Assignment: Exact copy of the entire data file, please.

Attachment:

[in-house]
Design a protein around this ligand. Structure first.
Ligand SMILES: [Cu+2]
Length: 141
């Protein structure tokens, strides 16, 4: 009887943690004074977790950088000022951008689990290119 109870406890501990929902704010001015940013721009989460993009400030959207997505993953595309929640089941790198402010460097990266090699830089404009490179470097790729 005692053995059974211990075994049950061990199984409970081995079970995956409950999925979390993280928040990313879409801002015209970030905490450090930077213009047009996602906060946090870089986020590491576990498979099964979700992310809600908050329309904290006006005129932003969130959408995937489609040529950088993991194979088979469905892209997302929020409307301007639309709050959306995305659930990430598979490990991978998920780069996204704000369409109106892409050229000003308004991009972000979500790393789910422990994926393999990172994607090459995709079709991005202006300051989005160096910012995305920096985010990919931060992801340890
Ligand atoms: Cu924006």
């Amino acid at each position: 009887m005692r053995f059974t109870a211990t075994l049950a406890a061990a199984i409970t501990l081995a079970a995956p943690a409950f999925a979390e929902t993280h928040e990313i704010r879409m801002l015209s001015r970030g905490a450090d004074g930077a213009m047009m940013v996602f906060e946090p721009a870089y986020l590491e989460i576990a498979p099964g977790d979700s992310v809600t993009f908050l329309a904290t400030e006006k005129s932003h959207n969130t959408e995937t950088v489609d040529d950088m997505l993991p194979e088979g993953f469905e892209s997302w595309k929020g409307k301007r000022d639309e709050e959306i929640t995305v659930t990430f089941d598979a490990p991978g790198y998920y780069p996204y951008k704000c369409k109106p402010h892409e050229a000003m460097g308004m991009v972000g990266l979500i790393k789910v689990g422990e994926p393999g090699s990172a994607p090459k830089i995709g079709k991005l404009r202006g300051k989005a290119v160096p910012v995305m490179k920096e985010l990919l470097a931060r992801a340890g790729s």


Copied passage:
[in-house]
Design a protein around this ligand. Structure first.
Ligand SMILES: [Cu+2]
Length: 141
């Protein structure tokens, strides 16, 4: 009887943690004074977790950088000022951008689990290119 109870406890501990929902704010001015940013721009989460993009400030959207997505993953595309929640089941790198402010460097990266090699830089404009490179470097790729 005692053995059974211990075994049950061990199984409970081995079970995956409950999925979390993280928040990313879409801002015209970030905490450090930077213009047009996602906060946090870089986020590491576990498979099964979700992310809600908050329309904290006006005129932003969130959408995937489609040529950088993991194979088979469905892209997302929020409307301007639309709050959306995305659930990430598979490990991978998920780069996204704000369409109106892409050229000003308004991009972000979500790393789910422990994926393999990172994607090459995709079709991005202006300051989005160096910012995305920096985010990919931060992801340890
Ligand atoms: Cu924006």
């Amino acid at each position: 009887m005692r053995f059974t109870a211990t075994l049950a406890a061990a199984i409970t501990l081995a079970a995956p943690a409950f999925a979390e929902t993280h928040e990313i704010r879409m801002l015209s001015r970030g905490a450090d004074g930077a213009m047009m940013v996602f906060e946090p721009a870089y986020l590491e989460i576990a498979p099964g977790d979700s992310v809600t993009f908050l329309a904290t400030e006006k005129s932003h959207n969130t959408e995937t950088v489609d040529d950088m997505l993991p194979e088979g993953f469905e892209s997302w595309k929020g409307k301007r000022d639309e709050e959306i929640t995305v659930t990430f089941d598979a490990p991978g790198y998920y780069p996204y951008k704000c369409k109106p402010h892409e050229a000003m460097g308004m991009v972000g990266l979500i790393k789910v689990g422990e994926p393999g090699s990172a994607p090459k830089i995709g079709k991005l404009r202006g300051k989005a290119v160096p910012v995305m490179k920096e985010l990919l470097a931060r992801a340890g790729s």